June 19, 2011

Gastroenterology
Volume 140, Issue 7, June 2011, Pages 1961-1969

Neal D. Freedmanlow asterisk , Teresa M. Curto, Karen L. Lindsay§, Elizabeth C. Wrightshort parallel, Rashmi Sinhalow asterisk, James E. Everhart and HALT-C TRIAL GROUP

New England Research Institutes, Watertown, Massachusetts
low asterisk Nutritional Epidemiology Branch, Division of Cancer Epidemiology and Genetics, National Cancer Institute, National Institutes of Health, Department of Health and Human Services, Rockville, Maryland
short parallel Office of the Director, National Institute of Diabetes and Digestive and Kidney Diseases, National Institutes of Health, Department of Health and Human Services, Bethesda, Maryland
§ Division of Gastrointestinal and Liver Diseases, Keck School of Medicine, University of Southern California, Los Angeles, California
Division of Digestive Diseases and Nutrition, National Institute of Diabetes and Digestive and Kidney Diseases, National Institutes of Health, Department of Health and Human Services, Bethesda, Maryland

Received 20 November 2010;
accepted 18 February 2011.
Available online 2 March 2011.

Background & Aims

High-level coffee consumption has been associated with reduced progression of pre-existing liver diseases and lower risk of hepatocellular carcinoma. However, its relationship with therapy for hepatitis C virus infection has not been evaluated.

Methods

Patients (n = 885) from the lead-in phase of the Hepatitis C Antiviral Long-Term Treatment Against Cirrhosis Trial recorded coffee intake before retreatment with peginterferon α-2a (180 μg/wk) and ribavirin (1000–1200 mg/day). We assessed patients for early virologic response (2 log10 reduction in level of hepatitis C virus RNA at week 12; n = 466), and undetectable hepatitis C virus RNA at weeks 20 (n = 320), 48 (end of treatment, n = 284), and 72 (sustained virologic response; n = 157).

Results

Median log10 drop from baseline to week 20 was 2.0 (interquartile range [IQR], 0.6–3.9) among nondrinkers and 4.0 (IQR, 2.1–4.7) among patients that drank 3 or more cups/day of coffee (P trend <.0001). After adjustment for age, race/ethnicity, sex, alcohol, cirrhosis, ratio of aspartate aminotransferase to alanine aminotransferase, the IL28B polymorphism rs12979860, dose reduction of peginterferon, and other covariates, odds ratios for drinking 3 or more cups/day vs nondrinking were 2.0 (95% confidence interval [CI]: 1.1–3.6; P trend = .004) for early virologic response, 2.1 (95% CI: 1.1–3.9; P trend = .005) for week 20 virologic response, 2.4 (95% CI: 1.3–4.6; P trend = .001) for end of treatment, and 1.8 (95% CI: 0.8–3.9; P trend = .034) for sustained virologic response.

Conclusions

High-level consumption of coffee (more than 3 cups per day) is an independent predictor of improved virologic response to peginterferon plus ribavirin in patients with hepatitis C.

Keywords: Liver Fibrosis; Diet; Risk Factor; Caffeine


Abbreviations: ALT, alanine aminotransferase; AST, aspartate aminotransferase; FFQ, food frequency questionnaire; HALT-C, Hepatitis C Antiviral Long-Term Treatment Against Cirrhosis Trial; HCV, hepatitis C virus; HOMA2, homeostatic model assessment score of insulin resistance; IQR, interquartile range; LDL, low-density lipoprotein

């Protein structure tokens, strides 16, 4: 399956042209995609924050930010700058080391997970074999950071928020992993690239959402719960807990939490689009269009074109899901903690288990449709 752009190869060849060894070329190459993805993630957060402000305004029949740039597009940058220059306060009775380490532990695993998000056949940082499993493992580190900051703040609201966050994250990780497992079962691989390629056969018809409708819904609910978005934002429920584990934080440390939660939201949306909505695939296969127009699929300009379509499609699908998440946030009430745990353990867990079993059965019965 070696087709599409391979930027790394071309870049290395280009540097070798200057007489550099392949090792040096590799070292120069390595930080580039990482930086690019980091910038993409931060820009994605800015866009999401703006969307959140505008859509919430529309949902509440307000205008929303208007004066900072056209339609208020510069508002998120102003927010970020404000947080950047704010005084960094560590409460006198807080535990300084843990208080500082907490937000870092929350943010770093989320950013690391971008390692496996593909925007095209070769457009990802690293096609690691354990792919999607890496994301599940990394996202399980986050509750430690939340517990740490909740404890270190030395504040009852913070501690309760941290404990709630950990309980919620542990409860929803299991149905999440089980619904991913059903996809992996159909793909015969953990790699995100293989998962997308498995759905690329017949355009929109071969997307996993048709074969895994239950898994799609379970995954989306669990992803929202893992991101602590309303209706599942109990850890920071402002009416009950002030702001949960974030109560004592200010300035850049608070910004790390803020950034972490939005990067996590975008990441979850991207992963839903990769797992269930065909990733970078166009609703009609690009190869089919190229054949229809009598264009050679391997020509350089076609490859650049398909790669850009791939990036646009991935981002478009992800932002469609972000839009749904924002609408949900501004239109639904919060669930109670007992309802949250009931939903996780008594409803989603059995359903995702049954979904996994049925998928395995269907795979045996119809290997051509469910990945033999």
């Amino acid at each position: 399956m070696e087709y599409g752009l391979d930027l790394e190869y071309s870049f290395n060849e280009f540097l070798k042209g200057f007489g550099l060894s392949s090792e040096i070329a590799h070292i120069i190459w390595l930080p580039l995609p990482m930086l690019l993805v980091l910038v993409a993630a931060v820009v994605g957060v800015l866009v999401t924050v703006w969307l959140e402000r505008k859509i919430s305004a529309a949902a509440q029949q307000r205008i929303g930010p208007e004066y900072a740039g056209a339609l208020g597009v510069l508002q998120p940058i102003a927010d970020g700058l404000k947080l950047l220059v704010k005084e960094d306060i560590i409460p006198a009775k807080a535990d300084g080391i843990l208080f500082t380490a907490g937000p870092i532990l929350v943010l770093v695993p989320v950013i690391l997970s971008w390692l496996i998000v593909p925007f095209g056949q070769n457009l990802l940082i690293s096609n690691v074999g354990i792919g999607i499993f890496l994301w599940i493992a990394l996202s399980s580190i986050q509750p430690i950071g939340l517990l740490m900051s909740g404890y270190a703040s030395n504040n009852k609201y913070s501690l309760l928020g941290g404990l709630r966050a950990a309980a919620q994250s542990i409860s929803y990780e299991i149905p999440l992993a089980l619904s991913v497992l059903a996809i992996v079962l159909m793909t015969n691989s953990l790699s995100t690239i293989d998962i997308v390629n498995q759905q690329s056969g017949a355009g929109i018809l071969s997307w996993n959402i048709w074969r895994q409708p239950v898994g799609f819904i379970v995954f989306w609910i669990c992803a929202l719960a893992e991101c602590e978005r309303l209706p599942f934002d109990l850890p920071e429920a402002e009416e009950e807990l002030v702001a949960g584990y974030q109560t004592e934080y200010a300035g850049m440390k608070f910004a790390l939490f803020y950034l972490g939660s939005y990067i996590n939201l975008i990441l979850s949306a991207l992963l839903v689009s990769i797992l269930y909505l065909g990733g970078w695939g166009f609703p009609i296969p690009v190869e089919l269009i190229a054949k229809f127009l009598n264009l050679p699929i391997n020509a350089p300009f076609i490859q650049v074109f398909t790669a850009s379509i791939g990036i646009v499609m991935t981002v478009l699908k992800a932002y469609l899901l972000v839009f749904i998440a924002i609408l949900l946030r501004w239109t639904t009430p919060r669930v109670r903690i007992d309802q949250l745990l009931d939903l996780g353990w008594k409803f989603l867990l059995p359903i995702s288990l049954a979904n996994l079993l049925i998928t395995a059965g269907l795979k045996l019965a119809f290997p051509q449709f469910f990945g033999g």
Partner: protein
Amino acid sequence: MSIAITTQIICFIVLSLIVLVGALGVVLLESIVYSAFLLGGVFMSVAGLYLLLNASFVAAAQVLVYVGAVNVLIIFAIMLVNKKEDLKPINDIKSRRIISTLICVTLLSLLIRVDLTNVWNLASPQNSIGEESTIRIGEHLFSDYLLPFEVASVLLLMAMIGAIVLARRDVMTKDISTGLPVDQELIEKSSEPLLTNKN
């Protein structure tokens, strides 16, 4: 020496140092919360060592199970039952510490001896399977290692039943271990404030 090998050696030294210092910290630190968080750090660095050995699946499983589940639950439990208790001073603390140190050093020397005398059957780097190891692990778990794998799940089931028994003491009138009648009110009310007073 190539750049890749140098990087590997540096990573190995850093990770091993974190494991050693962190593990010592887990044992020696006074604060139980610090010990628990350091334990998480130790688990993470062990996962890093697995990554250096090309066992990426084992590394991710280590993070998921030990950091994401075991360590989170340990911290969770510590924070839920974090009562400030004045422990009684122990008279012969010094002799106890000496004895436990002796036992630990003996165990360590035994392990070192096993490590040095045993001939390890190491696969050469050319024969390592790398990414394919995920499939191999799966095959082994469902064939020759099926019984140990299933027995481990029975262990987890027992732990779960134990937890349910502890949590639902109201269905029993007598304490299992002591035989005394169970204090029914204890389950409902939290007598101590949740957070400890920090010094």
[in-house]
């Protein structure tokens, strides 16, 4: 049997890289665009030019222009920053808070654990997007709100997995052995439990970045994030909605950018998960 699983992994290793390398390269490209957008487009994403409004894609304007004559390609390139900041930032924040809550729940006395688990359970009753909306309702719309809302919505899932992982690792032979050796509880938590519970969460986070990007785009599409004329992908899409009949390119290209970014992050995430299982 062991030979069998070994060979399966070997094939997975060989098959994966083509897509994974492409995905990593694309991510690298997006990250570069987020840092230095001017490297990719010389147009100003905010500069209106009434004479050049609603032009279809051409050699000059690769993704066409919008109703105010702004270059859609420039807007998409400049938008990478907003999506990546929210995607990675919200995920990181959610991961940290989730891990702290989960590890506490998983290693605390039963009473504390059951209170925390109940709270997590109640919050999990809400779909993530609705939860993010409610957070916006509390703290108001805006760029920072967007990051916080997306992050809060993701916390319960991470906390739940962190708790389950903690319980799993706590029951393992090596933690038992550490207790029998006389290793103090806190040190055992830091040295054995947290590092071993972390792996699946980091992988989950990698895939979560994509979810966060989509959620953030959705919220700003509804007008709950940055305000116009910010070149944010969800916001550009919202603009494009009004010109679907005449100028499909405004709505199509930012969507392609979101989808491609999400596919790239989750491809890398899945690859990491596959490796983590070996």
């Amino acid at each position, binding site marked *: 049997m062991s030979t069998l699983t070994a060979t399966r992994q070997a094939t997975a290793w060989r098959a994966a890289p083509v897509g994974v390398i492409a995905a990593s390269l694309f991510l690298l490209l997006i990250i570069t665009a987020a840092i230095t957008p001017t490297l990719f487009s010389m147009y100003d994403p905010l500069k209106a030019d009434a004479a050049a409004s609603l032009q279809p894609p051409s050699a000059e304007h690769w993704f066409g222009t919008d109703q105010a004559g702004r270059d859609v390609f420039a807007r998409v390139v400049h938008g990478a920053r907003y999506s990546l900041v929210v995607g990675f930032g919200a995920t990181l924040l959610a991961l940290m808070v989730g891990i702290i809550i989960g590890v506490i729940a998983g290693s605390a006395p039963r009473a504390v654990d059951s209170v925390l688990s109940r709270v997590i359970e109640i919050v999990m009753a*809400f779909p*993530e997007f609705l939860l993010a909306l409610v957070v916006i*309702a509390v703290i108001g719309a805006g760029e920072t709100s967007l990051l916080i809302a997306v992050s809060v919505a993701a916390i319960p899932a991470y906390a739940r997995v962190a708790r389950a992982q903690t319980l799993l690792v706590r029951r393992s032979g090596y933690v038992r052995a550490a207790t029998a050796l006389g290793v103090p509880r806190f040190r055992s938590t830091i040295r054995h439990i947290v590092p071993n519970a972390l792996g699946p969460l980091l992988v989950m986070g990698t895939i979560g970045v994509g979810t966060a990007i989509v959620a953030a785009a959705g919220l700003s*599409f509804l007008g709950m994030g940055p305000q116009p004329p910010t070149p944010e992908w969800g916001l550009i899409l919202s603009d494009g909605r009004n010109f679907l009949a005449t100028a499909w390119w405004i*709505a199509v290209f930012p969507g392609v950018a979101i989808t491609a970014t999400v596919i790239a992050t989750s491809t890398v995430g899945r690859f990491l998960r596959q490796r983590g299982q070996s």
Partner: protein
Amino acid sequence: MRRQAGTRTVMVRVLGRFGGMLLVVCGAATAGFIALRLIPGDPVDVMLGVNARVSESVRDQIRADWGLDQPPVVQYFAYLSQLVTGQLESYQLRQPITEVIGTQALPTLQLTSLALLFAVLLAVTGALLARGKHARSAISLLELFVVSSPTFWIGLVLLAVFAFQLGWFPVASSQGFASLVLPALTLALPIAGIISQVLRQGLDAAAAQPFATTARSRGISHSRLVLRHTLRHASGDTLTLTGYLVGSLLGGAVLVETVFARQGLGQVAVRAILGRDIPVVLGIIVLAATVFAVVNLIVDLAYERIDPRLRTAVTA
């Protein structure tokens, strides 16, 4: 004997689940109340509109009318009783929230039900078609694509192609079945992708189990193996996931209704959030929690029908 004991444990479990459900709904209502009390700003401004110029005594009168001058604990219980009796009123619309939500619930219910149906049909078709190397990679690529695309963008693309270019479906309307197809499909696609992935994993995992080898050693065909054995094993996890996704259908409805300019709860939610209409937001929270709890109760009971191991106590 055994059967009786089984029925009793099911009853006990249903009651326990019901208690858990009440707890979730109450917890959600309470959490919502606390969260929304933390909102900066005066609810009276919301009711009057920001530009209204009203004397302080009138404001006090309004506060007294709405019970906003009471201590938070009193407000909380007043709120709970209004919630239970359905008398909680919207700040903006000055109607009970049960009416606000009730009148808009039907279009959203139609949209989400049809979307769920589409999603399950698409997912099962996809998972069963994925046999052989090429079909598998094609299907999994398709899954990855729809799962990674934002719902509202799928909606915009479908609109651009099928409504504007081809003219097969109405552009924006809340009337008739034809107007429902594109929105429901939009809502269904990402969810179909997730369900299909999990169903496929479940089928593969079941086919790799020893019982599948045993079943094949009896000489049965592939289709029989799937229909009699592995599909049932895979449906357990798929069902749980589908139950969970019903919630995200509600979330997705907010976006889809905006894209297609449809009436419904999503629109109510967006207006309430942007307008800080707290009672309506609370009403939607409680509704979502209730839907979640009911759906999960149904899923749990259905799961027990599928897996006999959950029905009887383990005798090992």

Article Outline

Materials and Methods
Patient Population
Assessment of Coffee and Tea Consumption
Assessment of Outcomes
Statistical Analysis
Results
Discussion
Acknowledgements
References
Conflicts of interest This author discloses the following: Dr Lindsay was a consultant and received research support from Hoffmann-La Roche, Inc. (now Genentech) during this study and is now an employee of Tibotec, Inc. (a subsidiary of Johnson and Johnson), Titusville, NJ.The remaining authors disclose no conflicts.

Funding This study was supported by the National Institute of Diabetes and Digestive and Kidney Diseases (contract numbers are listed in the Acknowledgments). Additional support was provided by the National Institute of Allergy and Infectious Diseases, the National Cancer Institute, the National Center for Minority Health and Health Disparities and by General Clinical Research Center and Clinical and Translational Science Center grants from the National Center for Research Resources, National Institutes of Health (grant numbers are listed in the Acknowledgments). The content is solely the responsibility of the authors and does not necessarily represent the official views of the National Center for Research Resources or the National Institutes of Health. Additional funding to conduct this study was supplied by Hoffmann-La Roche, Inc. (now Genentech), through a Cooperative Research and Development Agreement (CRADA) with the National Institutes of Health. This research was also supported in part by the Intramural Research Program of the National Cancer Institute. The funding organizations had no role in the design and conduct of the study; the collection, analysis, and interpretation of the data; or the preparation, review, or approval of the manuscript.

Reprint requests Address requests for reprints to: Neal Freedman, PhD, MPH, Nutritional Epidemiology Branch, Division of Cancer Epidemiology and Genetics, National Cancer Institute, 6120 Executive Boulevard, EPS/320, MSC 7232, Rockville, Maryland 20852. fax: (301) 496-682.

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